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Iraq destroys more medium-range missiles under U.N. pressure

AMMAN, Jordan—Describing their actions as "promising," U.N. officials said Iraq destroyed another six Al Samoud 2 missiles on Sunday and dismantled a crucial internal engine component.

Since the destruction of the missiles began Saturday, Iraq has destroyed 10 missiles and one of its two "casting chambers"—the engine part. The U.N. believes Iraq has about 100 missiles.

Hans Blix, the U.N.'s chief weapons inspector, ordered the missile destruction last week after he reported that the Al Samoud 2 missiles exceeded the short-range limit for Iraq weapons established after the 1991 Gulf War. His inspectors reported the missiles have a 150-kilometer range rather than the permitted 100 kilometers (93 miles). Iraq has disputed that assessment.

For Iraq to begin destroying the missiles, the United Nations first tagged them, allowing inspectors to monitor them. Under the supervision of the United Nations, Iraq moves the missiles from one of several locations they are in and takes them to al Taji, a city just north of Baghdad. There, Iraq destroys the missiles using bulldozers. The remaining bits of the missiles will be buried in concrete in al Taji, said Hiro Ueki, spokesman for the U.N. inspectors in Baghdad.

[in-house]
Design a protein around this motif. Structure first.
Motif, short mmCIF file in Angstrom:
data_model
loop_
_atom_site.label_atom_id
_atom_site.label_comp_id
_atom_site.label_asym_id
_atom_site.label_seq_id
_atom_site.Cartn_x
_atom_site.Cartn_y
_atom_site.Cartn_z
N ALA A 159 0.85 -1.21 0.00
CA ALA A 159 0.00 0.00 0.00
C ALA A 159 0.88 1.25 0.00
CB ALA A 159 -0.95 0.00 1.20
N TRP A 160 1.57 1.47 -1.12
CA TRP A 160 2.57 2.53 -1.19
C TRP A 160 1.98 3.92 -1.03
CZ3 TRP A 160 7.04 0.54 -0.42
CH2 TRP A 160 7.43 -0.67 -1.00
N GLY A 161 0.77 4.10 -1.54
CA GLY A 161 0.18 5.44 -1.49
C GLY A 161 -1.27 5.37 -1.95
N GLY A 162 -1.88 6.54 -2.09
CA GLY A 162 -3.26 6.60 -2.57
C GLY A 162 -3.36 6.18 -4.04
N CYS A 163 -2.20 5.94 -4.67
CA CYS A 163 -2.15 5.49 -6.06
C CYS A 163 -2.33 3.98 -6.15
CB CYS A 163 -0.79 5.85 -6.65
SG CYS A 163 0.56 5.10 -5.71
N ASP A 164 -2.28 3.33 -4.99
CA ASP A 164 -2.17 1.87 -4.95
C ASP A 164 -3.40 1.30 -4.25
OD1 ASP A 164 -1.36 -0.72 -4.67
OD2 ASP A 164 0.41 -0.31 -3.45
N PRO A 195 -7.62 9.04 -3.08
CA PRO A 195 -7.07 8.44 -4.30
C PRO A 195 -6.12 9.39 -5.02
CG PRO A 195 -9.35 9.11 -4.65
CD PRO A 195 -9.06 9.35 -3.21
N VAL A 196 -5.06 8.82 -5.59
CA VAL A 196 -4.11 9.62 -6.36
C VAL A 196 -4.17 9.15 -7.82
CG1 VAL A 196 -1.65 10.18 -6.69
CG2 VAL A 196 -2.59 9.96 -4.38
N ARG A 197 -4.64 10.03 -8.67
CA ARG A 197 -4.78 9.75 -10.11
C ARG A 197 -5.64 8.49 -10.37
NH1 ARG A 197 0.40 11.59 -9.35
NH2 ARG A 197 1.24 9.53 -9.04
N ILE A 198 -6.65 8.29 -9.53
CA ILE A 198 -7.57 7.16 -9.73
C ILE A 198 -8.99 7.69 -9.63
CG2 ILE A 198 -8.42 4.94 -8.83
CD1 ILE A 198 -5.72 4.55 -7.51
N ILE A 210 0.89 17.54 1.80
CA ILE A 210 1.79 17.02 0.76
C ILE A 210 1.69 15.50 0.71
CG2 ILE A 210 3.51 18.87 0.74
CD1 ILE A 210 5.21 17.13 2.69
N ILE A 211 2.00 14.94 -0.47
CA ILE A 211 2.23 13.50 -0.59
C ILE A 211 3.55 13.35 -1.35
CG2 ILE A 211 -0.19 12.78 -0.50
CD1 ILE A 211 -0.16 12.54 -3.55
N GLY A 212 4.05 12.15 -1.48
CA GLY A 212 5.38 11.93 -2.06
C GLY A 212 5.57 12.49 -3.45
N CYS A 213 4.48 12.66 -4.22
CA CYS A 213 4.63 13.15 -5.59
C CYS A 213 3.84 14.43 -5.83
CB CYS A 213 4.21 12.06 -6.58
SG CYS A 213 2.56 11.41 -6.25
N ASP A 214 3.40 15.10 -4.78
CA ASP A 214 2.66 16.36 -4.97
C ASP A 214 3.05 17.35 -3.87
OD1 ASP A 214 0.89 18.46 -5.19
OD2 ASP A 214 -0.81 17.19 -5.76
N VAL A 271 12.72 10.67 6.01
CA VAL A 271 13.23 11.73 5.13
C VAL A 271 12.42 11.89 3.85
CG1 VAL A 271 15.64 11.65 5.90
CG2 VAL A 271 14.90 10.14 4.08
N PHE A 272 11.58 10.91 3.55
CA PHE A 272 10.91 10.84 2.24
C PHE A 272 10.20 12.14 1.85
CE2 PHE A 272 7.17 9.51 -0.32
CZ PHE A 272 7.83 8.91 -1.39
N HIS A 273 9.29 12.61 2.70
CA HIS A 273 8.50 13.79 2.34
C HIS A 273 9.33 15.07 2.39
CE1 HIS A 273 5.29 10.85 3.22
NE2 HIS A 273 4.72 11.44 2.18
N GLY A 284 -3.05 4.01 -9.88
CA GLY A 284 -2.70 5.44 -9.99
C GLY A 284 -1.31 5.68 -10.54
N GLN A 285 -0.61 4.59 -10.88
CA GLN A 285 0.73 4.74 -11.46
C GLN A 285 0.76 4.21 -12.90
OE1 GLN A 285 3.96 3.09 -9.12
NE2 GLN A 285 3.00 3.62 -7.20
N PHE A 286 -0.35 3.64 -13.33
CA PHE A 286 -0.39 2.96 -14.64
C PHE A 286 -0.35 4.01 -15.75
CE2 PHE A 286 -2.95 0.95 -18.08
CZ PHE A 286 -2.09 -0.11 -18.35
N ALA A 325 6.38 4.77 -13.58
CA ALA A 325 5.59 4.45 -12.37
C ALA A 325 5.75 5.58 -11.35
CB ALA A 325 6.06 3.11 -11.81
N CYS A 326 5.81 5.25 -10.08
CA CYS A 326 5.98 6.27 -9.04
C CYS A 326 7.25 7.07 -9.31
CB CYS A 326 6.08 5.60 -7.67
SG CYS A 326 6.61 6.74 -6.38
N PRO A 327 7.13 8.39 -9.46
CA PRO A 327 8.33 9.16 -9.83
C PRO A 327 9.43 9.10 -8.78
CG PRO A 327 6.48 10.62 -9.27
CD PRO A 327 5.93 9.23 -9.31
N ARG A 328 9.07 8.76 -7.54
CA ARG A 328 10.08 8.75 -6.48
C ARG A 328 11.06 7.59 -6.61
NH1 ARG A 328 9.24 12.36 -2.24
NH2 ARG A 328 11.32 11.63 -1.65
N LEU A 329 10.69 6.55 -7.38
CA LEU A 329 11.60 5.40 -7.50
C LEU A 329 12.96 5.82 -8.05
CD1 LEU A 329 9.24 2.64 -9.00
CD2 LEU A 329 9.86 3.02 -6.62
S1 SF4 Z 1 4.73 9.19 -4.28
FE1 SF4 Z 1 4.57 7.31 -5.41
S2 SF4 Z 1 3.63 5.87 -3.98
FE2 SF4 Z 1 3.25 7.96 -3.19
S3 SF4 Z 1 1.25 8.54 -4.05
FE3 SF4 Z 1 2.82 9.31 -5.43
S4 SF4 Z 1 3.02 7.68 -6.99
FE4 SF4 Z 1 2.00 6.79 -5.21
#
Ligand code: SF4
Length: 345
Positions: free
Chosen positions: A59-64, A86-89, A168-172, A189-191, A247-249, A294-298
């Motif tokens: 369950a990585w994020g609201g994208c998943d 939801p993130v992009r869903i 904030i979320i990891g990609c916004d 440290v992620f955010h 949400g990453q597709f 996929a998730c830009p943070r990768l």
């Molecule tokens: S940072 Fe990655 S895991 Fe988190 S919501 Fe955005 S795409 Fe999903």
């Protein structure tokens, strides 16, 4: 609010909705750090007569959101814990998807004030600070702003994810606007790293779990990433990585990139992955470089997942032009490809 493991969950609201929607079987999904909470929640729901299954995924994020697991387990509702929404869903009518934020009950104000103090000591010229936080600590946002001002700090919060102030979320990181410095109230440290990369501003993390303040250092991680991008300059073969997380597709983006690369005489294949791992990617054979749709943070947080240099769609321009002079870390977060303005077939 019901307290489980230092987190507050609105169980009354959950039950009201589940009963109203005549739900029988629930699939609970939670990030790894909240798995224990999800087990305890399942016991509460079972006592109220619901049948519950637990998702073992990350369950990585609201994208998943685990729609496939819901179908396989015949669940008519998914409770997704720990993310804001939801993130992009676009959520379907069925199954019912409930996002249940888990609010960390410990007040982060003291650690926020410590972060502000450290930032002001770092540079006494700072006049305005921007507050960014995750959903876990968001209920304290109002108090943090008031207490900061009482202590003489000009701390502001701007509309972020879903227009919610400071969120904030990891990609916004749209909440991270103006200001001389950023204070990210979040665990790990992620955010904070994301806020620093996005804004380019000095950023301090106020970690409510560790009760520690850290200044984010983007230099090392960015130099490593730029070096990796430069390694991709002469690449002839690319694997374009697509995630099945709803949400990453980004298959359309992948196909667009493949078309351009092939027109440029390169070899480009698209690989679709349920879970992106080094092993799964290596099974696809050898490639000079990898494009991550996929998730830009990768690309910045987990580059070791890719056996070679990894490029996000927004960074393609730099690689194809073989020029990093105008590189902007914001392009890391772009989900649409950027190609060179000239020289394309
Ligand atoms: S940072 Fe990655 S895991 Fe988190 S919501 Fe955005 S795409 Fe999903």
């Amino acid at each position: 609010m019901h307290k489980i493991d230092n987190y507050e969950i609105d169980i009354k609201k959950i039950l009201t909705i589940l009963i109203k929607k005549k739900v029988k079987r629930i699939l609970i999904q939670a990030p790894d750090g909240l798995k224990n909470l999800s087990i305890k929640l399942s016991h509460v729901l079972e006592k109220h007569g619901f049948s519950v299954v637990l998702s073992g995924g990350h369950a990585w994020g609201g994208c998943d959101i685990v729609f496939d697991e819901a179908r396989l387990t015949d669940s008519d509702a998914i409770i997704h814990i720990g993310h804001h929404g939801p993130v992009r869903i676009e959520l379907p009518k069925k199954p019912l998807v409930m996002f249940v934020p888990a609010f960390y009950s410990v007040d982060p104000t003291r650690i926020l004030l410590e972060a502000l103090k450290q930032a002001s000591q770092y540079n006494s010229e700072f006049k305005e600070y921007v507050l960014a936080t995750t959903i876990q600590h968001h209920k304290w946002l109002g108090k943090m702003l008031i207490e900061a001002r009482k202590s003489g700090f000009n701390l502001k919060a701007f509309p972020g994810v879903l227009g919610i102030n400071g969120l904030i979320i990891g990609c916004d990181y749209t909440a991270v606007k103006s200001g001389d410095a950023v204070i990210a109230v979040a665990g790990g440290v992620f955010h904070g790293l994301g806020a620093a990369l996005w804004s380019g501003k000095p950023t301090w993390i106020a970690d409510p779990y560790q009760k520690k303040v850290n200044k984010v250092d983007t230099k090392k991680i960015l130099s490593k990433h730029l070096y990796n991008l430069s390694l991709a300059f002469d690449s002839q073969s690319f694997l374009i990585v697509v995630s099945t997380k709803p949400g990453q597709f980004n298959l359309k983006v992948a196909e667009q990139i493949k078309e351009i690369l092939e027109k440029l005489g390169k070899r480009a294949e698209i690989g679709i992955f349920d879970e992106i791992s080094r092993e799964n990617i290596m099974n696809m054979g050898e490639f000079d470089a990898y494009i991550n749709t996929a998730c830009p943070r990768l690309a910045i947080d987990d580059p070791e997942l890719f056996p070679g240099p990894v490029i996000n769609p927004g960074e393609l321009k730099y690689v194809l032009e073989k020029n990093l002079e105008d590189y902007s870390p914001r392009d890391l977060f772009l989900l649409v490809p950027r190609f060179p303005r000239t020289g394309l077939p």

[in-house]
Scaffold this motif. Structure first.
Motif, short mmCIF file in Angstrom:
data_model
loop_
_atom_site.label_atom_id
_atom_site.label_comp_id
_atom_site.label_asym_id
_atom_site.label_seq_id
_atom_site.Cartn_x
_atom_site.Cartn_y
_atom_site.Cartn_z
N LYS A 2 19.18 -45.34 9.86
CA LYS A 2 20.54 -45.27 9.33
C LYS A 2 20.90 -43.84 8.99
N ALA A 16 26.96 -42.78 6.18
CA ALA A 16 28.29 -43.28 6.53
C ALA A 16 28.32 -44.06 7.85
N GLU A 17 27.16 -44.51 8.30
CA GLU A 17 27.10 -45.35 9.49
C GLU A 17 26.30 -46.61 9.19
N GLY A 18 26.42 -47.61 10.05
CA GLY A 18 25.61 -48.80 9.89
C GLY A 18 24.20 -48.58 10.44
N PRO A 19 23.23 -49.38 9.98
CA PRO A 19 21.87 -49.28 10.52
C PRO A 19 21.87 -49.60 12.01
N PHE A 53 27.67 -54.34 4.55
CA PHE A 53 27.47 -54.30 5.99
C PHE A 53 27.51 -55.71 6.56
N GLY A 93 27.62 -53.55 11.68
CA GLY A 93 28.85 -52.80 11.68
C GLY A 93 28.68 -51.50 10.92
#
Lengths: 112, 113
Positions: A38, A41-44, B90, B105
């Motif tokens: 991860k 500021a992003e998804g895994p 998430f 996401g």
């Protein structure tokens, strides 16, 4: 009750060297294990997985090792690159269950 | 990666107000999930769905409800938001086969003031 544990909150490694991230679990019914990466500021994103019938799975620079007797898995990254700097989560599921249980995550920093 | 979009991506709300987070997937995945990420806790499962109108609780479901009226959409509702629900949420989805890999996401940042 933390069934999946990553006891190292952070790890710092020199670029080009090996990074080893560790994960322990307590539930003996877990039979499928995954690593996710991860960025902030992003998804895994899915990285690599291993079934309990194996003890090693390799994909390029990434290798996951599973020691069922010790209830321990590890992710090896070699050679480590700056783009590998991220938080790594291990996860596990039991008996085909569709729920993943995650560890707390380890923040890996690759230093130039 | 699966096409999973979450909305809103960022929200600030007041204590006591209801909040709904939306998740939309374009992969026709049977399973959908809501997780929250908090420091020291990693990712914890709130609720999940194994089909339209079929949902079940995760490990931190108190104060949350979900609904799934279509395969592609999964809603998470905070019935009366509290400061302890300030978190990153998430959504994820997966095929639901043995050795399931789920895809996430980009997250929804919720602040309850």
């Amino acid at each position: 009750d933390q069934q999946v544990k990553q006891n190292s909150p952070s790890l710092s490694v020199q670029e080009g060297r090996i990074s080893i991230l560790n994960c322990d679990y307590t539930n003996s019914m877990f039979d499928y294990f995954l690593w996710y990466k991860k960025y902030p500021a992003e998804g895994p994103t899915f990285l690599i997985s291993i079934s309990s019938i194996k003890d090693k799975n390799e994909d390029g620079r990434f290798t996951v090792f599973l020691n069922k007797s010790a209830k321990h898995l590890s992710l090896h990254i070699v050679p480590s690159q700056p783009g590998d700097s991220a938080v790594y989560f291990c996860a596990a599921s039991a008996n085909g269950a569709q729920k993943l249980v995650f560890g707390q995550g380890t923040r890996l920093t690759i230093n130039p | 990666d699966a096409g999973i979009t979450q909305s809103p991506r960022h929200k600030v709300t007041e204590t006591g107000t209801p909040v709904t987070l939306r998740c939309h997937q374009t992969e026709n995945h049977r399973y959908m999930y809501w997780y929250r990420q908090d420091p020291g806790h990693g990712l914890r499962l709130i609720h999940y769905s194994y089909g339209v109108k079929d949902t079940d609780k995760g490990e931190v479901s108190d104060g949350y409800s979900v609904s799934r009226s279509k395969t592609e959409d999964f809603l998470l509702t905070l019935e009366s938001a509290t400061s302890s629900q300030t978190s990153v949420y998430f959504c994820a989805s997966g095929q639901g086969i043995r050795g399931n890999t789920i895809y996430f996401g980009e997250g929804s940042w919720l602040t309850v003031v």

While the United Nations was optimistic, Washington has called the move another delay tactic by Iraqi President Saddam Hussein to avert war. Members of his government have called the destruction an effort to cooperate with the United Nations.

If the Iraqis destroy the missiles at the current pace, their total inventory should all be destroyed by the end of the month. The United Nations has not given Baghdad a deadline for the missile destruction, Ueki said.

The first day of destruction was delayed when the first set of bulldozers was too small to destroy the missiles, which weigh about 2,000 kilograms each. U.N. officials said Iraq found stronger bulldozers and officials began working late afternoon. On Sunday, the process moved smoothly, Ueki said, who described it as "promising."

"I haven't heard of any glitches," he said.

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(c) 2003, Knight Ridder/Tribune Information Services.

GRAPHIC (from KRT Graphics, 202-383-6064): usiraq+missiles

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